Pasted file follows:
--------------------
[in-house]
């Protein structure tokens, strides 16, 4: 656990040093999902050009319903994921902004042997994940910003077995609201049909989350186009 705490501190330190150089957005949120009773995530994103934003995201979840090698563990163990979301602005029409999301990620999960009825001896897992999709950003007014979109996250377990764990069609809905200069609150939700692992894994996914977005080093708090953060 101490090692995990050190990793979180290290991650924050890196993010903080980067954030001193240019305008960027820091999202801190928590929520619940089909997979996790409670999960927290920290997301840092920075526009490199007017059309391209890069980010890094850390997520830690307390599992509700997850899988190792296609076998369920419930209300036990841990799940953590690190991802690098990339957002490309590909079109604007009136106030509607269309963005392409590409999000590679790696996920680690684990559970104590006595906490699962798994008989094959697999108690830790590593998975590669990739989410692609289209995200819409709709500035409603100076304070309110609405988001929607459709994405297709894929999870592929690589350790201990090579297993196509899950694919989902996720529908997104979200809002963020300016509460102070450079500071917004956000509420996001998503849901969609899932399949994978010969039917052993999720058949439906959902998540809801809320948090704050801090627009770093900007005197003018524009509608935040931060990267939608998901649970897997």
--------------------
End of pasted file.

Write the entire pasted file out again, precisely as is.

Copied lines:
[in-house]
């Protein structure tokens, strides 16, 4: 656990040093999902050009319903994921902004042997994940910003077995609201049909989350186009 705490501190330190150089957005949120009773995530994103934003995201979840090698563990163990979301602005029409999301990620999960009825001896897992999709950003007014979109996250377990764990069609809905200069609150939700692992894994996914977005080093708090953060 101490090692995990050190990793979180290290991650924050890196993010903080980067954030001193240019305008960027820091999202801190928590929520619940089909997979996790409670999960927290920290997301840092920075526009490199007017059309391209890069980010890094850390997520830690307390599992509700997850899988190792296609076998369920419930209300036990841990799940953590690190991802690098990339957002490309590909079109604007009136106030509607269309963005392409590409999000590679790696996920680690684990559970104590006595906490699962798994008989094959697999108690830790590593998975590669990739989410692609289209995200819409709709500035409603100076304070309110609405988001929607459709994405297709894929999870592929690589350790201990090579297993196509899950694919989902996720529908997104979200809002963020300016509460102070450079500071917004956000509420996001998503849901969609899932399949994978010969039917052993999720058949439906959902998540809801809320948090704050801090627009770093900007005197003018524009509608935040931060990267939608998901649970897997």